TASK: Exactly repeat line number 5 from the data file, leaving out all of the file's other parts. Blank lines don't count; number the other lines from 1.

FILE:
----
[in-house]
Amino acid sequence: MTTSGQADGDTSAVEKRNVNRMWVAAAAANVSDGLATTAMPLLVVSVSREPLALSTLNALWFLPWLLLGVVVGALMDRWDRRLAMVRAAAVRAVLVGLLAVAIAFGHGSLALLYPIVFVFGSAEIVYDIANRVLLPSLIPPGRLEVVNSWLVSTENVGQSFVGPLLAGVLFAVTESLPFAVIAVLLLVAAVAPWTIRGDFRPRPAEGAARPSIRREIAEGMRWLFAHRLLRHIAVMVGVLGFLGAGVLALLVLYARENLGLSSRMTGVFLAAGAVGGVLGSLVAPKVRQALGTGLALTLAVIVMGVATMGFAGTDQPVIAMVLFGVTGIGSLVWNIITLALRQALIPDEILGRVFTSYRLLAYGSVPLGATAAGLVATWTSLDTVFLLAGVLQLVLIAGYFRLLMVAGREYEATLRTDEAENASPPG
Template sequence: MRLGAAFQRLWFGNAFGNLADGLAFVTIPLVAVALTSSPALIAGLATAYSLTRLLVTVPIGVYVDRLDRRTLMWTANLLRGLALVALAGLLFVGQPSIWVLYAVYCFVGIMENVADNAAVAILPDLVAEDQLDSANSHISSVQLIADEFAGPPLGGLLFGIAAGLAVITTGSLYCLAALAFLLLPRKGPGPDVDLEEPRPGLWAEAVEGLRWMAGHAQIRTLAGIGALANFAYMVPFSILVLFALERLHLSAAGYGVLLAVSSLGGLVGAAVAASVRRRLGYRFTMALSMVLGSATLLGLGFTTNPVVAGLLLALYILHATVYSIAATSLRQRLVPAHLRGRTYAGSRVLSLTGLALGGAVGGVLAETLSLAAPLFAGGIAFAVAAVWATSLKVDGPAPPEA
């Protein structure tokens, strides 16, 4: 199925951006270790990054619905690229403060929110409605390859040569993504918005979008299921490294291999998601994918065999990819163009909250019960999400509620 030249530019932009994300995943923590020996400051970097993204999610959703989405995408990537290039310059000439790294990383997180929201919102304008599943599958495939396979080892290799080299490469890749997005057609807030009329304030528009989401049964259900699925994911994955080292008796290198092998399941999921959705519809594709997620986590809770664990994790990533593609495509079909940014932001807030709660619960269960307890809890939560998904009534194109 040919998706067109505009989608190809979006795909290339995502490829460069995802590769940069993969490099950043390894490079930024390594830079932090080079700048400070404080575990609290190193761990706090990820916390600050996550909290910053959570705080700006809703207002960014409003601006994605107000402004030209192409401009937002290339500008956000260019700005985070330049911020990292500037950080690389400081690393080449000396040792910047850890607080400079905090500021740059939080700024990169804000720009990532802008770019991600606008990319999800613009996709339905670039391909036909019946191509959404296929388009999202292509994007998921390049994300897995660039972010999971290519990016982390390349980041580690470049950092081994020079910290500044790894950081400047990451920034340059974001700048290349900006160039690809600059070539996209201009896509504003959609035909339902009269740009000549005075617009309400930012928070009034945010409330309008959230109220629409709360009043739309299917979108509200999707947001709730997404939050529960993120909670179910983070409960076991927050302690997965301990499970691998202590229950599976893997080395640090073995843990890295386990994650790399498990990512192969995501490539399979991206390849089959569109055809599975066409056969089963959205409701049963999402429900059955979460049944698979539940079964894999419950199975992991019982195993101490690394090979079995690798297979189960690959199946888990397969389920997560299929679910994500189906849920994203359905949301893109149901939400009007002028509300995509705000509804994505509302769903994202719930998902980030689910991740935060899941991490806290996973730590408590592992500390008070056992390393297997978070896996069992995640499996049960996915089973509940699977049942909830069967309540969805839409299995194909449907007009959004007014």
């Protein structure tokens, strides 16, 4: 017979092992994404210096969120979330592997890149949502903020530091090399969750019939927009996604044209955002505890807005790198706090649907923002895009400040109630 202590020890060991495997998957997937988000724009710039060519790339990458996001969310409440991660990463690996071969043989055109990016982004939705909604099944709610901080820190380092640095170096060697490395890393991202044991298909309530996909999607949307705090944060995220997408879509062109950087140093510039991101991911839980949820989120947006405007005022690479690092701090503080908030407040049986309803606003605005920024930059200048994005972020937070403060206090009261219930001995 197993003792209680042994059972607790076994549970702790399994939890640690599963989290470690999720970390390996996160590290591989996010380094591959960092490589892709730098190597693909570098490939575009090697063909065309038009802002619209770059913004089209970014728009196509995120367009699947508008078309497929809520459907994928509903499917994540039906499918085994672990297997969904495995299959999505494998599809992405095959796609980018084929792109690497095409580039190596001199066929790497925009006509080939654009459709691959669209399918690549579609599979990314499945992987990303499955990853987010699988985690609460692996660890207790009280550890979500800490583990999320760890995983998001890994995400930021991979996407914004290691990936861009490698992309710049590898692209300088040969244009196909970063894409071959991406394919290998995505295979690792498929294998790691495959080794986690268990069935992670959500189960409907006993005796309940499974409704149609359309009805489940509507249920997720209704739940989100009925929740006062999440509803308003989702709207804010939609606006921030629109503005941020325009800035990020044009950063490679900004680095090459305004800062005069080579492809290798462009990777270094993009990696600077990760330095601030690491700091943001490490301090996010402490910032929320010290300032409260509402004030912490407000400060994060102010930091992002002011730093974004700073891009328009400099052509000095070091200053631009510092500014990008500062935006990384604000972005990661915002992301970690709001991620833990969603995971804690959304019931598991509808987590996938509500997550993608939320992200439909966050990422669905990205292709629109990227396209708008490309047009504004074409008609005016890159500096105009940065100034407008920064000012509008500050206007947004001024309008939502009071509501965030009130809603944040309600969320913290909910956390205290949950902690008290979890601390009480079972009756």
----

């Protein structure tokens, strides 16, 4: 017979092992994404210096969120979330592997890149949502903020530091090399969750019939927009996604044209955002505890807005790198706090649907923002895009400040109630 202590020890060991495997998957997937988000724009710039060519790339990458996001969310409440991660990463690996071969043989055109990016982004939705909604099944709610901080820190380092640095170096060697490395890393991202044991298909309530996909999607949307705090944060995220997408879509062109950087140093510039991101991911839980949820989120947006405007005022690479690092701090503080908030407040049986309803606003605005920024930059200048994005972020937070403060206090009261219930001995 197993003792209680042994059972607790076994549970702790399994939890640690599963989290470690999720970390390996996160590290591989996010380094591959960092490589892709730098190597693909570098490939575009090697063909065309038009802002619209770059913004089209970014728009196509995120367009699947508008078309497929809520459907994928509903499917994540039906499918085994672990297997969904495995299959999505494998599809992405095959796609980018084929792109690497095409580039190596001199066929790497925009006509080939654009459709691959669209399918690549579609599979990314499945992987990303499955990853987010699988985690609460692996660890207790009280550890979500800490583990999320760890995983998001890994995400930021991979996407914004290691990936861009490698992309710049590898692209300088040969244009196909970063894409071959991406394919290998995505295979690792498929294998790691495959080794986690268990069935992670959500189960409907006993005796309940499974409704149609359309009805489940509507249920997720209704739940989100009925929740006062999440509803308003989702709207804010939609606006921030629109503005941020325009800035990020044009950063490679900004680095090459305004800062005069080579492809290798462009990777270094993009990696600077990760330095601030690491700091943001490490301090996010402490910032929320010290300032409260509402004030912490407000400060994060102010930091992002002011730093974004700073891009328009400099052509000095070091200053631009510092500014990008500062935006990384604000972005990661915002992301970690709001991620833990969603995971804690959304019931598991509808987590996938509500997550993608939320992200439909966050990422669905990205292709629109990227396209708008490309047009504004074409008609005016890159500096105009940065100034407008920064000012509008500050206007947004001024309008939502009071509501965030009130809603944040309600969320913290909910956390205290949950902690008290979890601390009480079972009756």